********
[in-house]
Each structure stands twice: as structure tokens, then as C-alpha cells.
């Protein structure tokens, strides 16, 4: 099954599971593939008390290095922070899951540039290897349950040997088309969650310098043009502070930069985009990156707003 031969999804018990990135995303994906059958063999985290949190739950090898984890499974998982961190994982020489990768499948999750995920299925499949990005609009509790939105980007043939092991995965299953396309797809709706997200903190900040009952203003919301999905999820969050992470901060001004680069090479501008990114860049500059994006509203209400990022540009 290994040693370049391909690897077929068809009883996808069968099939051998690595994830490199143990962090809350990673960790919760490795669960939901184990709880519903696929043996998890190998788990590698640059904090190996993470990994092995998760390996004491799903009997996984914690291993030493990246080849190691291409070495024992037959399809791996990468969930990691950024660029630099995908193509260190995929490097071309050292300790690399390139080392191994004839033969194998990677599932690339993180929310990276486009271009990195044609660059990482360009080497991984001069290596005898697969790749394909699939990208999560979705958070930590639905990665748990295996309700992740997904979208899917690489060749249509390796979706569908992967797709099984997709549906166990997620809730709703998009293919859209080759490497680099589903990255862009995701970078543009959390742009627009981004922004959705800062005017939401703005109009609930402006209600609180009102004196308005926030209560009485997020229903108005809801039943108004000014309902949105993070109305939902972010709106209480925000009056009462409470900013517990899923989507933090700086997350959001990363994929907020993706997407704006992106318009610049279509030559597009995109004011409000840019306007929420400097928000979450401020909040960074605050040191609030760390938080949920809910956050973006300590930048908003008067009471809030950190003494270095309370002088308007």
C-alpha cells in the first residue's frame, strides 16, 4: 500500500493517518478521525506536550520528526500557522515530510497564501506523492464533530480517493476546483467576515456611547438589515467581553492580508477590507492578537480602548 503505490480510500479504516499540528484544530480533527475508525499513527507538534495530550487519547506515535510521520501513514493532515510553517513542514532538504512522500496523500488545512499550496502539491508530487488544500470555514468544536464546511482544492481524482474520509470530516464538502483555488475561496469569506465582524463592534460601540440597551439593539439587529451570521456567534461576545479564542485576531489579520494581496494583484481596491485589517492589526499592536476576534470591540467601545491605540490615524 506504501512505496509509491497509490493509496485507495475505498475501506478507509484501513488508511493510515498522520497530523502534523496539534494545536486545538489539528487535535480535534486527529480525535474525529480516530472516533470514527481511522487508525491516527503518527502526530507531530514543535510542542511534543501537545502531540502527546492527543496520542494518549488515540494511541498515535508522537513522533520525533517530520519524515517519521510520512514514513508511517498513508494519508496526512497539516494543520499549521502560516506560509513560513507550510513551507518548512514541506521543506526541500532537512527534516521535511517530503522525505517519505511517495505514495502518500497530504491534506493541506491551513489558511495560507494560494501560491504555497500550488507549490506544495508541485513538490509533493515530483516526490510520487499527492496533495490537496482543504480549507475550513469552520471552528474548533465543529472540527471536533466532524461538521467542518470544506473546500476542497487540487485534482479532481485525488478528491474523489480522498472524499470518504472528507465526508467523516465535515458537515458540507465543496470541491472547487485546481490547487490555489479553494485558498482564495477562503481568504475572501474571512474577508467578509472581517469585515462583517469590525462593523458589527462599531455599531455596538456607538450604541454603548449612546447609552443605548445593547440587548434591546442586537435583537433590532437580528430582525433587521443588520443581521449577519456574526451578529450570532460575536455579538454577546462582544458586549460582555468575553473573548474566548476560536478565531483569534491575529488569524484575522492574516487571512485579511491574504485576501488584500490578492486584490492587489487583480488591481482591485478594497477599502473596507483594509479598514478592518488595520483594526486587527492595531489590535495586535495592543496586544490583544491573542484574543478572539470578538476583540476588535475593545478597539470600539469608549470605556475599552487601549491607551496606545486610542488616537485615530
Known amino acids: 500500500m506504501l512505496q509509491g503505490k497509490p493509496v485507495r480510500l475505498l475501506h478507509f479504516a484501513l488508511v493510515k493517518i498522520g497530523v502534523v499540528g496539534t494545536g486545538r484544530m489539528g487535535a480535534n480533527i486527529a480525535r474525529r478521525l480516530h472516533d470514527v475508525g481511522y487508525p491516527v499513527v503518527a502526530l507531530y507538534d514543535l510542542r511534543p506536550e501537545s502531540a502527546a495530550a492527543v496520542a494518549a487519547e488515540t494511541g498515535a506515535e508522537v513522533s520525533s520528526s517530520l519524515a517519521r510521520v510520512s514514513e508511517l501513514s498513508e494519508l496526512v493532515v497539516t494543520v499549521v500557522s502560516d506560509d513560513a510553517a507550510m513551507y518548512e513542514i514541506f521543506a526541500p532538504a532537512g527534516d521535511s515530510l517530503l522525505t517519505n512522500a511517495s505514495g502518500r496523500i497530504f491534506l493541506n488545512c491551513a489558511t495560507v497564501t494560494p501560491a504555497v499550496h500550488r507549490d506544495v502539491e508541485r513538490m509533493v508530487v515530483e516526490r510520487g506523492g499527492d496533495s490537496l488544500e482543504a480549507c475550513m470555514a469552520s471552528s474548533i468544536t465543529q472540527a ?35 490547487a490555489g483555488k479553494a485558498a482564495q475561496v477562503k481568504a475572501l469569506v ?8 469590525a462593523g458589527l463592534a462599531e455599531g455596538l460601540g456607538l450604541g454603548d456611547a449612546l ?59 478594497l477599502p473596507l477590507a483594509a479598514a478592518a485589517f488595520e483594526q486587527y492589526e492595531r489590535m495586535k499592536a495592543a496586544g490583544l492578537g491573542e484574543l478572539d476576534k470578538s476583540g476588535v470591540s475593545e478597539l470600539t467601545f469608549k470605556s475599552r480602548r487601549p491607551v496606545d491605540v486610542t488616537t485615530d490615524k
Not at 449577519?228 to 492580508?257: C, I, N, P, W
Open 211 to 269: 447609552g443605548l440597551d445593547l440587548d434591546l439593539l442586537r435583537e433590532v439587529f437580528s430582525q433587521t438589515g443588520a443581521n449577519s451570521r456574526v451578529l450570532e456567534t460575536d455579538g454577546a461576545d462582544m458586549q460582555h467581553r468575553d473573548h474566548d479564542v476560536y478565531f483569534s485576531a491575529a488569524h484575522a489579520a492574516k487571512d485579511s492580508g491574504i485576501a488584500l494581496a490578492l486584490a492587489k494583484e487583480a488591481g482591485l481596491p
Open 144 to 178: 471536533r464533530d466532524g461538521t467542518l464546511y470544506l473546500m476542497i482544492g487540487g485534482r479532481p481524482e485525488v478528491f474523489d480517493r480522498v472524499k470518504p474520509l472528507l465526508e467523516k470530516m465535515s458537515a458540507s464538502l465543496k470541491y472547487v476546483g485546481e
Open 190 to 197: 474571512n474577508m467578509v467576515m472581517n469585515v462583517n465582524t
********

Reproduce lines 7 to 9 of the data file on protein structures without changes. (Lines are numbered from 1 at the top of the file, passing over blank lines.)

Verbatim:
Open 211 to 269: 447609552g443605548l440597551d445593547l440587548d434591546l439593539l442586537r435583537e433590532v439587529f437580528s430582525q433587521t438589515g443588520a443581521n449577519s451570521r456574526v451578529l450570532e456567534t460575536d455579538g454577546a461576545d462582544m458586549q460582555h467581553r468575553d473573548h474566548d479564542v476560536y478565531f483569534s485576531a491575529a488569524h484575522a489579520a492574516k487571512d485579511s492580508g491574504i485576501a488584500l494581496a490578492l486584490a492587489k494583484e487583480a488591481g482591485l481596491p
Open 144 to 178: 471536533r464533530d466532524g461538521t467542518l464546511y470544506l473546500m476542497i482544492g487540487g485534482r479532481p481524482e485525488v478528491f474523489d480517493r480522498v472524499k470518504p474520509l472528507l465526508e467523516k470530516m465535515s458537515a458540507s464538502l465543496k470541491y472547487v476546483g485546481e
Open 190 to 197: 474571512n474577508m467578509v467576515m472581517n469585515v462583517n465582524t